A number of cities from the Southern Plains to the Southeast had both their hottest and driest Septembers on record, including Dallas–Fort Worth and New Orleans. The extremely dry weather in much of the South allowed the ground to dry out and heat up more easily, which helped record heat to build and persist.

In contrast, North Dakota had its wettest September on record, and a total of five states—including Montana, South Dakota, Minnesota, and Wisconsin—had a top-five wettest September.

Ironically, the red-letter rainfall event of the month, Tropical Storm Imelda, occurred in what was otherwise the drier half of the nation. Although its winds only reached 40 mph, slow-moving Imelda brought torrential rains and massive flooding to southeast Texas, especially along and near the heavily populated corridor from Houston to Port Arthur. Several storm totals exceeded 40”, including 43.39” at North Fork Taylors Bayou—the fifth heaviest total on record from any tropical cyclone in the contiguous United States. Though Imelda’s rain footprint was almost as intense as Hurricane Harvey's, it was fortunately much smaller.

Storms like Imelda are becoming more common in our warming climate, as landfalling U.S. hurricanes move more slowly and dump ever-larger amounts of rain onto heavily developed areas.

U.S. precipitation, Oct. 2018 - Sept. 2019
Figure 3. Precipitation totals for 12-month spans from October to the following September, going back to 1895. The span from October 2018 to September 2019 trounced the previous record for all Oct-to-Sept. periods. Image credit: NOAA/NCEI.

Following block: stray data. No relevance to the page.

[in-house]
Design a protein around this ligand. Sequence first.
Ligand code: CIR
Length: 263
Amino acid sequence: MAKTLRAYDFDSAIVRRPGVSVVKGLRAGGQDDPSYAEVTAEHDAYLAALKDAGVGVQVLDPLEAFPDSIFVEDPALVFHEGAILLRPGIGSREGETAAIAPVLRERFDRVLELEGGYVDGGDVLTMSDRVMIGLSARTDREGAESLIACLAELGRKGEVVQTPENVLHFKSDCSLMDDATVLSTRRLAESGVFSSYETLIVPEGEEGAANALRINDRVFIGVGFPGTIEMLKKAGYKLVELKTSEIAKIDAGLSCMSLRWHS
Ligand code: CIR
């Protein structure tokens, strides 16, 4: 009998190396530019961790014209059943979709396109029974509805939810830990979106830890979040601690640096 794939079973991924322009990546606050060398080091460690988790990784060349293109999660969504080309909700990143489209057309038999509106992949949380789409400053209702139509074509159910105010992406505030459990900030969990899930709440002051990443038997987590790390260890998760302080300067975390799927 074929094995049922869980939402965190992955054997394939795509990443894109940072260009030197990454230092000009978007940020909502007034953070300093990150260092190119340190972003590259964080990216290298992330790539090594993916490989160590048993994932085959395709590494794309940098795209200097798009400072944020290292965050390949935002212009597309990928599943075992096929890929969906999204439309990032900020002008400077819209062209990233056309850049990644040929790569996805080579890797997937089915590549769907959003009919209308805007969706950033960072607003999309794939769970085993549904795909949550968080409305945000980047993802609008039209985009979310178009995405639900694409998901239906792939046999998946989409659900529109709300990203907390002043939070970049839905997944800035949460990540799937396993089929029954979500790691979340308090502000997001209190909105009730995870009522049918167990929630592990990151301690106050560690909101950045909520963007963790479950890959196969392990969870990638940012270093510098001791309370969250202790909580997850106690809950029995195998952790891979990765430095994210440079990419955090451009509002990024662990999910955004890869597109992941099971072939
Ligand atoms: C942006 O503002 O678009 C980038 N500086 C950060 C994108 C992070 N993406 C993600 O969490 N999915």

The last 12 months were by far the wettest October-to-September period on record, with 36.45” far outpacing the old record of 35.15” from 1972-73. This is mainly due to the extreme wetness that characterized the period from fall 2018 through spring 2019. The period from October 2018 to September 2019 ranks fifth among the 1486 overlapping 12-month spans going back to January 1895:

37.86"  July 2018–June 2019
37.73”  August 2018–July 2019
37.68”  June 2018–May 2019
37.55”  September 2018–August 2019
36.45”  October 2018–September 2019
36.20”  May 2018–Apr. 2019
35.95”  May 2015–Apr. 2016
35.78”  Apr. 2015–Mar. 2016
35.73”  Mar. 2018–Feb. 2019
35.63”  Feb. 1973–Jan. 1974

Amazingly, the nine wettest of these 12-month spans have all occurred in the last six years. Even given the fact that a very wet span of a few months will be factored into such listings more than once, this is still remarkable testimony to the power of our warming climate to make extreme rain events even more extreme.

The Weather Company’s primary journalistic mission is to report on breaking weather news, the environment and the importance of science to our lives. This story does not necessarily represent the position of our parent company, IBM.

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Bob Henson

Bob Henson is a meteorologist and writer at, where he co-produces the Category 6 news site at Weather Underground. He spent many years at the National Center for Atmospheric Research and is the author of “The Thinking Person’s Guide to Climate Change” and “Weather on the Air: A History of Broadcast Meteorology.”